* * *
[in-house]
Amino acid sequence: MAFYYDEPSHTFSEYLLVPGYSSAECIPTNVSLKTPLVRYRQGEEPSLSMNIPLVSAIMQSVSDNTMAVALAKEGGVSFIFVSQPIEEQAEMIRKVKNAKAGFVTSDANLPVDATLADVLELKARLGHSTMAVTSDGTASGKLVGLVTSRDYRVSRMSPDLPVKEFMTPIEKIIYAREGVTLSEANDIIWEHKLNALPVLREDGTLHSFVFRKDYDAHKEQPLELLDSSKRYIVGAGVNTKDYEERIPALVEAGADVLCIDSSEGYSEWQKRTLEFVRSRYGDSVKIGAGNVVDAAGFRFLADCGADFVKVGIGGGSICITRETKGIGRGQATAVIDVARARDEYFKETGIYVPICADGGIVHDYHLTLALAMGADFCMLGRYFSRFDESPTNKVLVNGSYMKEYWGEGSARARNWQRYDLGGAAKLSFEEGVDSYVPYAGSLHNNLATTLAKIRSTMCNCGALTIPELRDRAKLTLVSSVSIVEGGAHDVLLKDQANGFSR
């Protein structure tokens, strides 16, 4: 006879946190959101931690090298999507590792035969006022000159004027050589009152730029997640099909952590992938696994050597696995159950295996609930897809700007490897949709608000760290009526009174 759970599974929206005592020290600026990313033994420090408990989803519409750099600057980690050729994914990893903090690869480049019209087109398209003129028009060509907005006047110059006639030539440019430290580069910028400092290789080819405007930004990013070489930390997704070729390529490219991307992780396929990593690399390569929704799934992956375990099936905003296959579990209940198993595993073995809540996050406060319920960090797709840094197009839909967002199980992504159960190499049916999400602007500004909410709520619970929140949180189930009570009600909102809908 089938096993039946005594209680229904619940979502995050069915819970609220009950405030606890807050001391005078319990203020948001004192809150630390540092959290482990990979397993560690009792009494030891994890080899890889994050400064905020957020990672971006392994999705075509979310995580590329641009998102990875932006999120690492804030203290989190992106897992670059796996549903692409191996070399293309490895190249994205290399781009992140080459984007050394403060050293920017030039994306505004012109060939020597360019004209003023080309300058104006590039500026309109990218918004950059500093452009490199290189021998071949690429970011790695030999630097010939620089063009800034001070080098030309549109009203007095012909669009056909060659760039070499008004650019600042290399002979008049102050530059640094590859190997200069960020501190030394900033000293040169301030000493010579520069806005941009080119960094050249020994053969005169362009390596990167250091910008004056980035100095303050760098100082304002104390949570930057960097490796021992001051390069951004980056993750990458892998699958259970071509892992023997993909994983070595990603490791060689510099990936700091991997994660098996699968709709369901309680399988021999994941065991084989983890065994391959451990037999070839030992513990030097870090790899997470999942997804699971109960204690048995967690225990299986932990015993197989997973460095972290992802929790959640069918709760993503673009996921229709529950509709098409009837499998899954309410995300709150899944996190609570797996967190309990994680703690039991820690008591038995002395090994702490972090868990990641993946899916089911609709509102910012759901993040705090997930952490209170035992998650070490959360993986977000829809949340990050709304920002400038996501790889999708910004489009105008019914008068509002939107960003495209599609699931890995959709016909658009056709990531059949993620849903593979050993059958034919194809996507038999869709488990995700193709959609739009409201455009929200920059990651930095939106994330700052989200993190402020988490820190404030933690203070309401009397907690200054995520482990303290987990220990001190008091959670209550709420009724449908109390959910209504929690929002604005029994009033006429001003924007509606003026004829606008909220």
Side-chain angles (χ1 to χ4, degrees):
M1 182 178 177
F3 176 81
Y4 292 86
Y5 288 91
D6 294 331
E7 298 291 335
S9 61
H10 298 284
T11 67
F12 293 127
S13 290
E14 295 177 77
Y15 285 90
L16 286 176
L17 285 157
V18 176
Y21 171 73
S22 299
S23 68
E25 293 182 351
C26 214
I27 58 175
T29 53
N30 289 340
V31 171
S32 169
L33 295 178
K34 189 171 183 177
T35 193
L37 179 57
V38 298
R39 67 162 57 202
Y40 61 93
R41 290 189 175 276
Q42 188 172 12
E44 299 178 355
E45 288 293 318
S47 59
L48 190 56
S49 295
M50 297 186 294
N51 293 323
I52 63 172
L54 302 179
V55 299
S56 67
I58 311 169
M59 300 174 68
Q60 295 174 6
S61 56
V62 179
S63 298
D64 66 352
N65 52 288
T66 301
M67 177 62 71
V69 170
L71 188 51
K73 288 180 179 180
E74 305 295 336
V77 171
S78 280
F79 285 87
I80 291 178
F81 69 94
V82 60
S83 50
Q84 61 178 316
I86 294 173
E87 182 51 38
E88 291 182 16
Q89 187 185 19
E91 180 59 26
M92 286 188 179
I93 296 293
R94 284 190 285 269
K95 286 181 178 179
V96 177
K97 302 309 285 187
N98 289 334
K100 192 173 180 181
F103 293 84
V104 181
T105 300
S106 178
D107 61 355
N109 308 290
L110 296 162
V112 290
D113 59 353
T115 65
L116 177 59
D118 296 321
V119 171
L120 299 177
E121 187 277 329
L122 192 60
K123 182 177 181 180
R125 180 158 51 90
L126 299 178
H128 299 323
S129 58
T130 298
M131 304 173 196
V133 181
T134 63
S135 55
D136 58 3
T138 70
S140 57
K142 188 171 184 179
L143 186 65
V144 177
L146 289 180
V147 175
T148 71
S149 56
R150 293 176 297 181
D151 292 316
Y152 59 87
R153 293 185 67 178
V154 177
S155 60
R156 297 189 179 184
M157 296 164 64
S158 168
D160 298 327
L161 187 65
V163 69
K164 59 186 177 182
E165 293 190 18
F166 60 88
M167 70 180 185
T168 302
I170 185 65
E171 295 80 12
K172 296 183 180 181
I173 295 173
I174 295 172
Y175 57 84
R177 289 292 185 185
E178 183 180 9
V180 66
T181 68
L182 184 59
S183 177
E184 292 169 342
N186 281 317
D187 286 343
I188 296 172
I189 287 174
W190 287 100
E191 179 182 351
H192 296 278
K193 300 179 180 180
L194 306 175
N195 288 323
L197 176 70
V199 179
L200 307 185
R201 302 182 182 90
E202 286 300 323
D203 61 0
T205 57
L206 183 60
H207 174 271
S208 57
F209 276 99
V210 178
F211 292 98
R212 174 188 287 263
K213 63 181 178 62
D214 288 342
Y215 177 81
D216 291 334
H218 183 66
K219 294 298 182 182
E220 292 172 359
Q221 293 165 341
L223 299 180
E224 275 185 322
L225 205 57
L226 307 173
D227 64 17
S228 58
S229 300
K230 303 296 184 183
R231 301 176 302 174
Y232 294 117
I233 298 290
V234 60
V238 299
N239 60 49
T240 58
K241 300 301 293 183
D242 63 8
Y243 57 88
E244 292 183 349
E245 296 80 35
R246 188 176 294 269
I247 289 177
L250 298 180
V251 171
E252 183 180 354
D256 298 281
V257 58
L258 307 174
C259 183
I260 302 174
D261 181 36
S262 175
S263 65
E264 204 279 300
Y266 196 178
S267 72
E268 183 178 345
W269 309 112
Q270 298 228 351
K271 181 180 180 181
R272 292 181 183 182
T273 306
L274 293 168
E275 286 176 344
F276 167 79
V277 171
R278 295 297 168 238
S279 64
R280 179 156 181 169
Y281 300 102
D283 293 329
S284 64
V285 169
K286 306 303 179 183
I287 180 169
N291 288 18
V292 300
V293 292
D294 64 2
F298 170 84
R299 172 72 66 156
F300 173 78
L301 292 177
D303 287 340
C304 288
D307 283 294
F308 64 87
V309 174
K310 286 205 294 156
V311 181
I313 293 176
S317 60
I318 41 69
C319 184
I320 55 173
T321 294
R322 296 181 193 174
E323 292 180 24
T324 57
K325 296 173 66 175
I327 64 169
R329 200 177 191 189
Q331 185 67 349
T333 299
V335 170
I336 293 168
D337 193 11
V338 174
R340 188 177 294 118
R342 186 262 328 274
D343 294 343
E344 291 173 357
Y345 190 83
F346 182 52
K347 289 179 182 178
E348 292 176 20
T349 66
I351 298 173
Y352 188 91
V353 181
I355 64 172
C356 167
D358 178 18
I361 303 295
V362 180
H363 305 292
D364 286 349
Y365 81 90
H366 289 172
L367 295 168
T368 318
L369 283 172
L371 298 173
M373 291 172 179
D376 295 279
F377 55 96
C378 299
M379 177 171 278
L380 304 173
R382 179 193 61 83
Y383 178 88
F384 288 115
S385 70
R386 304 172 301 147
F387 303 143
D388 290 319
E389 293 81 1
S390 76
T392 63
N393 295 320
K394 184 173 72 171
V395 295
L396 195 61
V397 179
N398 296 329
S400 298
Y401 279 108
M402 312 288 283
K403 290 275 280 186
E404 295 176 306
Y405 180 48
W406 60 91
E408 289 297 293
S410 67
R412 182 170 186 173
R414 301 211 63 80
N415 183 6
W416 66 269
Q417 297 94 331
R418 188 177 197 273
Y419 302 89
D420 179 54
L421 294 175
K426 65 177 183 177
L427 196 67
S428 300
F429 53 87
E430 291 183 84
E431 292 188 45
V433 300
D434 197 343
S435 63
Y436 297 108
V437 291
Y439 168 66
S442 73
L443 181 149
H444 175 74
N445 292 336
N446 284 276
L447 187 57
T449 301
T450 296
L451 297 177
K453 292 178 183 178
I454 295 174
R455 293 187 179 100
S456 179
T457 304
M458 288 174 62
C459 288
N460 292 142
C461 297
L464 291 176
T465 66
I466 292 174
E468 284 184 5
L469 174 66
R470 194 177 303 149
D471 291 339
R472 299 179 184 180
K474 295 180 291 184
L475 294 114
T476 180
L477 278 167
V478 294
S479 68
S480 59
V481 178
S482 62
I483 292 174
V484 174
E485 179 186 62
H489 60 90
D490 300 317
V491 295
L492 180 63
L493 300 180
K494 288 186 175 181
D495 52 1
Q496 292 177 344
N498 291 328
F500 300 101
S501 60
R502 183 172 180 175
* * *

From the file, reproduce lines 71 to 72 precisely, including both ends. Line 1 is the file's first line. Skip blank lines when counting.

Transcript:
S83 50
Q84 61 178 316